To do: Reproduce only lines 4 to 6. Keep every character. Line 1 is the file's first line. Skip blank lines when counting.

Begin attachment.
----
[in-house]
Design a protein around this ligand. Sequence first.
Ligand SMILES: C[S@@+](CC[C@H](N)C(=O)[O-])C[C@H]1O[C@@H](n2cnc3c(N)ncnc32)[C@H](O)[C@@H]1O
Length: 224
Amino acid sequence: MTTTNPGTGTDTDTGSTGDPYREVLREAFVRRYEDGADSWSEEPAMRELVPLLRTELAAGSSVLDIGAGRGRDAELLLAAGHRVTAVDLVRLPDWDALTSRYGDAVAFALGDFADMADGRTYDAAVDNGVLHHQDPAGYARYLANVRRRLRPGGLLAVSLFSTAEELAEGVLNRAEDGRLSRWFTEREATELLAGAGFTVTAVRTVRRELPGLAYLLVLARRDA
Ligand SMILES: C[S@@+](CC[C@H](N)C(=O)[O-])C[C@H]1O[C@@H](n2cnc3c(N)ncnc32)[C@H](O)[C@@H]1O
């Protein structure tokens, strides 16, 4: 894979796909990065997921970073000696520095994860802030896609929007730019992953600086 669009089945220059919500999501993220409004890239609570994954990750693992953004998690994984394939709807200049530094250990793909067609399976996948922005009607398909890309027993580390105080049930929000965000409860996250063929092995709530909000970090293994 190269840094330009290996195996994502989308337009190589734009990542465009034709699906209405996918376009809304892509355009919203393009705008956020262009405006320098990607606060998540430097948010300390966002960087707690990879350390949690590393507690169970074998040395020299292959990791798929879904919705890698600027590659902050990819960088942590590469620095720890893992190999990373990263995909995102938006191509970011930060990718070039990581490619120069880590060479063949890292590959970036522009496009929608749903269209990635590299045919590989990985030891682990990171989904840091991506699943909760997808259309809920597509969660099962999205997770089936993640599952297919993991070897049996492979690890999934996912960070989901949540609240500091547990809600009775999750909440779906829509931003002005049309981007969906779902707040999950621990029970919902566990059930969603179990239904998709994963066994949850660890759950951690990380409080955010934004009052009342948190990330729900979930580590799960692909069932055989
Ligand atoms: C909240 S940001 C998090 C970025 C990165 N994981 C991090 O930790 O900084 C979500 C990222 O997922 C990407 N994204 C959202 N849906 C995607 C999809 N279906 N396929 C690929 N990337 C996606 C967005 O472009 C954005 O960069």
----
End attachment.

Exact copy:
Length: 224
Amino acid sequence: MTTTNPGTGTDTDTGSTGDPYREVLREAFVRRYEDGADSWSEEPAMRELVPLLRTELAAGSSVLDIGAGRGRDAELLLAAGHRVTAVDLVRLPDWDALTSRYGDAVAFALGDFADMADGRTYDAAVDNGVLHHQDPAGYARYLANVRRRLRPGGLLAVSLFSTAEELAEGVLNRAEDGRLSRWFTEREATELLAGAGFTVTAVRTVRRELPGLAYLLVLARRDA
Ligand SMILES: C[S@@+](CC[C@H](N)C(=O)[O-])C[C@H]1O[C@@H](n2cnc3c(N)ncnc32)[C@H](O)[C@@H]1O